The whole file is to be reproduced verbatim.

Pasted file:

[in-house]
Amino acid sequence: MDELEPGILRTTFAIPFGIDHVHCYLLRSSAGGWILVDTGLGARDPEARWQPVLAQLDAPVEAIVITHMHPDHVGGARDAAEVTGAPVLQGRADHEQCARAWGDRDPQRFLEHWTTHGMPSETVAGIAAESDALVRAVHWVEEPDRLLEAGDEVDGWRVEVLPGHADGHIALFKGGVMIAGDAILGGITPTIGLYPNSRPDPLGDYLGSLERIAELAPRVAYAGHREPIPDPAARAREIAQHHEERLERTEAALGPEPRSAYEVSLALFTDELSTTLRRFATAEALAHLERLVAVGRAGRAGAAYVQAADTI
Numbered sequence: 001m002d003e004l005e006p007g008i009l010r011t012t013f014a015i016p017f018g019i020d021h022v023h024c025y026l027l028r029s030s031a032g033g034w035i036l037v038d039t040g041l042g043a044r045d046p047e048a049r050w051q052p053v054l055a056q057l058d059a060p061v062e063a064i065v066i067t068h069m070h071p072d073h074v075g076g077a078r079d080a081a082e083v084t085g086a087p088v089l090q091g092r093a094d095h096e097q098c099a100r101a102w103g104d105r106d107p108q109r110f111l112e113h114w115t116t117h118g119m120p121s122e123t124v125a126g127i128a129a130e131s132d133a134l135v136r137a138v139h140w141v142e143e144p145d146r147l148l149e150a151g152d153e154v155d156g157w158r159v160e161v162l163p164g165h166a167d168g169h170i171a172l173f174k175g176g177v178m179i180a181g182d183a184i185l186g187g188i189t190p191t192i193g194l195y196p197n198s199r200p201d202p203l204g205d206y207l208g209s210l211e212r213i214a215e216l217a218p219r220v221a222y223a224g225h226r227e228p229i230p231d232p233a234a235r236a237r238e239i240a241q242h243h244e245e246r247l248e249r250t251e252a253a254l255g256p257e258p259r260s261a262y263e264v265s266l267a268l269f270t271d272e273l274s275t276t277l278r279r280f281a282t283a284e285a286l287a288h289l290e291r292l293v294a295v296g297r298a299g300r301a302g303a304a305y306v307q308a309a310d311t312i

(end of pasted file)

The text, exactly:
[in-house]
Amino acid sequence: MDELEPGILRTTFAIPFGIDHVHCYLLRSSAGGWILVDTGLGARDPEARWQPVLAQLDAPVEAIVITHMHPDHVGGARDAAEVTGAPVLQGRADHEQCARAWGDRDPQRFLEHWTTHGMPSETVAGIAAESDALVRAVHWVEEPDRLLEAGDEVDGWRVEVLPGHADGHIALFKGGVMIAGDAILGGITPTIGLYPNSRPDPLGDYLGSLERIAELAPRVAYAGHREPIPDPAARAREIAQHHEERLERTEAALGPEPRSAYEVSLALFTDELSTTLRRFATAEALAHLERLVAVGRAGRAGAAYVQAADTI
Numbered sequence: 001m002d003e004l005e006p007g008i009l010r011t012t013f014a015i016p017f018g019i020d021h022v023h024c025y026l027l028r029s030s031a032g033g034w035i036l037v038d039t040g041l042g043a044r045d046p047e048a049r050w051q052p053v054l055a056q057l058d059a060p061v062e063a064i065v066i067t068h069m070h071p072d073h074v075g076g077a078r079d080a081a082e083v084t085g086a087p088v089l090q091g092r093a094d095h096e097q098c099a100r101a102w103g104d105r106d107p108q109r110f111l112e113h114w115t116t117h118g119m120p121s122e123t124v125a126g127i128a129a130e131s132d133a134l135v136r137a138v139h140w141v142e143e144p145d146r147l148l149e150a151g152d153e154v155d156g157w158r159v160e161v162l163p164g165h166a167d168g169h170i171a172l173f174k175g176g177v178m179i180a181g182d183a184i185l186g187g188i189t190p191t192i193g194l195y196p197n198s199r200p201d202p203l204g205d206y207l208g209s210l211e212r213i214a215e216l217a218p219r220v221a222y223a224g225h226r227e228p229i230p231d232p233a234a235r236a237r238e239i240a241q242h243h244e245e246r247l248e249r250t251e252a253a254l255g256p257e258p259r260s261a262y263e264v265s266l267a268l269f270t271d272e273l274s275t276t277l278r279r280f281a282t283a284e285a286l287a288h289l290e291r292l293v294a295v296g297r298a299g300r301a302g303a304a305y306v307q308a309a310d311t312i